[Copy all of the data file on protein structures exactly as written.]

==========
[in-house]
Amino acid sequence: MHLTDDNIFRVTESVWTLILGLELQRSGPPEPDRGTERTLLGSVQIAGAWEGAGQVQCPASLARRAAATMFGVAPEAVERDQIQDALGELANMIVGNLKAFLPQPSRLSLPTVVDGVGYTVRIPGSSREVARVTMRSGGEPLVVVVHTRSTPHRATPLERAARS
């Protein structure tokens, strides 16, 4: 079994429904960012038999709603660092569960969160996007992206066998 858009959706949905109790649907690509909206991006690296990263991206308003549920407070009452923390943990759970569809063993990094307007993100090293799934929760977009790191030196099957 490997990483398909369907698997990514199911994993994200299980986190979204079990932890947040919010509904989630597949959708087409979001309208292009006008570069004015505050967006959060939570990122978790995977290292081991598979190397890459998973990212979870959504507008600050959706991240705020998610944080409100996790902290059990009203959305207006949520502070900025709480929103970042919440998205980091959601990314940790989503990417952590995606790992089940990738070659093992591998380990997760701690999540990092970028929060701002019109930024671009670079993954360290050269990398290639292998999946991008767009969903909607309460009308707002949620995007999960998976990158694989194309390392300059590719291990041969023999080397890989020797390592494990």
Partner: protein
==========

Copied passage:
[in-house]
Amino acid sequence: MHLTDDNIFRVTESVWTLILGLELQRSGPPEPDRGTERTLLGSVQIAGAWEGAGQVQCPASLARRAAATMFGVAPEAVERDQIQDALGELANMIVGNLKAFLPQPSRLSLPTVVDGVGYTVRIPGSSREVARVTMRSGGEPLVVVVHTRSTPHRATPLERAARS
């Protein structure tokens, strides 16, 4: 079994429904960012038999709603660092569960969160996007992206066998 858009959706949905109790649907690509909206991006690296990263991206308003549920407070009452923390943990759970569809063993990094307007993100090293799934929760977009790191030196099957 490997990483398909369907698997990514199911994993994200299980986190979204079990932890947040919010509904989630597949959708087409979001309208292009006008570069004015505050967006959060939570990122978790995977290292081991598979190397890459998973990212979870959504507008600050959706991240705020998610944080409100996790902290059990009203959305207006949520502070900025709480929103970042919440998205980091959601990314940790989503990417952590995606790992089940990738070659093992591998380990997760701690999540990092970028929060701002019109930024671009670079993954360290050269990398290639292998999946991008767009969903909607309460009308707002949620995007999960998976990158694989194309390392300059590719291990041969023999080397890989020797390592494990």
Partner: protein